What did you watch last night? Where did you watch it? Chances are it was in the comfort of your home, on your couch or in your bed – and, increasingly, on your computer. As the quality of shows broadcast free-to-air continues to grow, more and more viewers are turning the telly on for longer. And saving their 18 bucks (plus price of popcorn).
Why is this happening?
Cable TV has given us well-crafted gems like The Sopranos, Six Feet Under and Sex and the City (to name an obvious few). These shows revolutionised what it is possible to achieve in television. They were thoroughly written and produced, but what made them so celebrated wasn’t just the storylines: it was the characters. Television can let us fall in love with a fictional figure and continue that relationship for years.
Increasingly over the last 15 years, narratives and characters have been explored and pulled apart until they’ve been thoroughly used up. So individual and story arcs, allowing audiences to fall in love over dozens of hours and several years, mean characters become friends. That world is a way to escape. It’s a comfortable refuge to retreat into where the formula of the medium is reassuringly predictable.
That’s not to say there is no innovation in TV- the opposite. Many shows have pioneered technological advances (like shooting on digital formats), creative processes (like cliff-hangers that last a summer), and indulged in genre-bending acrobatics like (ghastly) musicals, ‘what if’ episodes and scenes from alternate realities.
Pirating and streaming the latest ‘eps’ of True Blood or Gossip Girl onto a hard-drive and passing it to friends (while totally illegal) creates a community. Shows are conversation topics. While I’ve never seen Game of Thrones, I could probably write down the whole story right here (don’t worry, I wont) just from overheard, breathlessly related exchanges. My boyfriend and I would exchange texts throughout the day- eagerly awaiting the time we could watch Battlestar Gallactica at home together (granted, we were huge geeks). Sneaking an episode behind the other’s back was tantamount to cheating, a betrayal. More than one slammed door and blubbered tear was caused as a consequence of such transgressions.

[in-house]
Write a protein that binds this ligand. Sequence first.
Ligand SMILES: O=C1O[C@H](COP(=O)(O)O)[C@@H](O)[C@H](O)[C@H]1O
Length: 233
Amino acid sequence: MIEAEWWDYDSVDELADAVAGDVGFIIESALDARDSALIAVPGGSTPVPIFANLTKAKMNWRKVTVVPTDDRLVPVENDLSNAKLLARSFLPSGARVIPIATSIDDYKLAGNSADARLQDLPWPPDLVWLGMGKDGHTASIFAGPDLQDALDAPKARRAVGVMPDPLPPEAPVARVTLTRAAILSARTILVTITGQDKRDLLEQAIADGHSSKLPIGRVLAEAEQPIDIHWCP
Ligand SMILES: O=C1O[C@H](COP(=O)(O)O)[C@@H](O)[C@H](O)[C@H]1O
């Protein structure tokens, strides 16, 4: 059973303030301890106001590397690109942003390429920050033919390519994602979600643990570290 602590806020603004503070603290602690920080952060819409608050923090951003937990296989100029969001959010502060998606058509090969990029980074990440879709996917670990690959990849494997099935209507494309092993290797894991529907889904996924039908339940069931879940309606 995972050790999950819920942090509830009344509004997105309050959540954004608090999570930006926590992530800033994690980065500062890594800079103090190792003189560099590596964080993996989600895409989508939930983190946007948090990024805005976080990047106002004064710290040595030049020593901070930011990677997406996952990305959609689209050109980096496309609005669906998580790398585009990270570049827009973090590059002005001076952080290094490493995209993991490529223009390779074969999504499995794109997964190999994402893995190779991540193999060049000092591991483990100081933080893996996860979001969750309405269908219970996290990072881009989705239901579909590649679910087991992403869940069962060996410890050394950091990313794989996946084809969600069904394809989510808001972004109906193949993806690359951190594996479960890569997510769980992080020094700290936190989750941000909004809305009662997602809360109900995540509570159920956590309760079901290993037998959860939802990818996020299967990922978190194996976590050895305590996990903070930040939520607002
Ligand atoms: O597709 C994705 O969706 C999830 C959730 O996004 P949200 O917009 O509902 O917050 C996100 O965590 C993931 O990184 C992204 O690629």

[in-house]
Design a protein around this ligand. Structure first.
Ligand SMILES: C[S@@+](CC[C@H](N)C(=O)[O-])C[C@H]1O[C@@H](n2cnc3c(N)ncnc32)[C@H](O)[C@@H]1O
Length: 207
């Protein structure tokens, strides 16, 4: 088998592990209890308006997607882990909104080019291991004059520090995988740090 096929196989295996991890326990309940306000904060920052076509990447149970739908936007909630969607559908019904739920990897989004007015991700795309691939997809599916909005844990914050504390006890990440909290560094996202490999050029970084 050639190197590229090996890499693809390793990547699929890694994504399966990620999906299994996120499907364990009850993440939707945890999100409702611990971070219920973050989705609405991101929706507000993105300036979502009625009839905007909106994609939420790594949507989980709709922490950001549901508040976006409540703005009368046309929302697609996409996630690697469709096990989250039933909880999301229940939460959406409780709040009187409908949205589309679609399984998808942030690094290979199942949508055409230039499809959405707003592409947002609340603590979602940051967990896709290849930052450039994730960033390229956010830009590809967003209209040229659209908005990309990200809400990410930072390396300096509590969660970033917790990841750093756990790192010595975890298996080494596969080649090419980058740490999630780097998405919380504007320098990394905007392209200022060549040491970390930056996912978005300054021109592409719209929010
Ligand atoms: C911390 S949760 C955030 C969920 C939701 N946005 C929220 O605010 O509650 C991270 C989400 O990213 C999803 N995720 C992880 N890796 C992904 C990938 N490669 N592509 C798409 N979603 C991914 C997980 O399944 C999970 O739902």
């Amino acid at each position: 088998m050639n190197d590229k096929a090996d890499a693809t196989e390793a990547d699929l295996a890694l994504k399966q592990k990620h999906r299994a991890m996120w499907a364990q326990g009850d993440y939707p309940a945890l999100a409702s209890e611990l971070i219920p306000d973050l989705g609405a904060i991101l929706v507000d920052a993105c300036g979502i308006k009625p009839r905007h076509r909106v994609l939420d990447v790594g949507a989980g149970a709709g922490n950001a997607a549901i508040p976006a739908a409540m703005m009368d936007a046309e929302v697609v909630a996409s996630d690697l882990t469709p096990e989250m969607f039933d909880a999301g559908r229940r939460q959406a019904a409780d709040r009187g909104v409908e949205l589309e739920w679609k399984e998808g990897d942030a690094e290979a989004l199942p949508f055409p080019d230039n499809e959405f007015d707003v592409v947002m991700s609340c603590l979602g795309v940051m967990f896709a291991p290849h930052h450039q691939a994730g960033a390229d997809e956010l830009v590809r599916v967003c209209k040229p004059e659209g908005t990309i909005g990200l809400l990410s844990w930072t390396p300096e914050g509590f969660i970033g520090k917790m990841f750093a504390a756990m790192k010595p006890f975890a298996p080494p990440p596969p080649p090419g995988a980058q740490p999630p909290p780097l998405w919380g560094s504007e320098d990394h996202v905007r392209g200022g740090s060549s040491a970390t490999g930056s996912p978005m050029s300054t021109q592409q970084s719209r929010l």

So modern television has cut film’s lunch. The reasons for loving narrative visual storytelling have been made wholly more accessible and cheaper. There’s so much more of it! Entire channels dedicated to your genre of choice. But there are some drawbacks. Arguably, the golden age of comedy in TV has passed (Two and a Half Men still actually exists). There are but a handful of really funny sitcoms, the ol’ big screen can at least notch comedy up on its headboard.
But perhaps most importantly, the experience of going to the movies can’t be reproduced. Sitting in front of the TV in your underwear hugging a family-sized packet of Doritos (while awesome) doesn’t quite cut it. There is still something magical about settling into a plush seat, tucking your bags and food around you, whispering as the lights go dim. Much like the immediacy of live theatre, live cinema has something TV doesn’t. Perhaps a sense of occasion.
So film hasn’t (and will never) really die. Epic, uber-big budget movies will always get made. People will always go see them. Smaller scale, self-contained stories should only be told in a shorter medium that filmmakers will continue to explore. For these reasons (and many others) we’ll keep going to the movies, and feature films will never die. A bit like Two and a Half Men.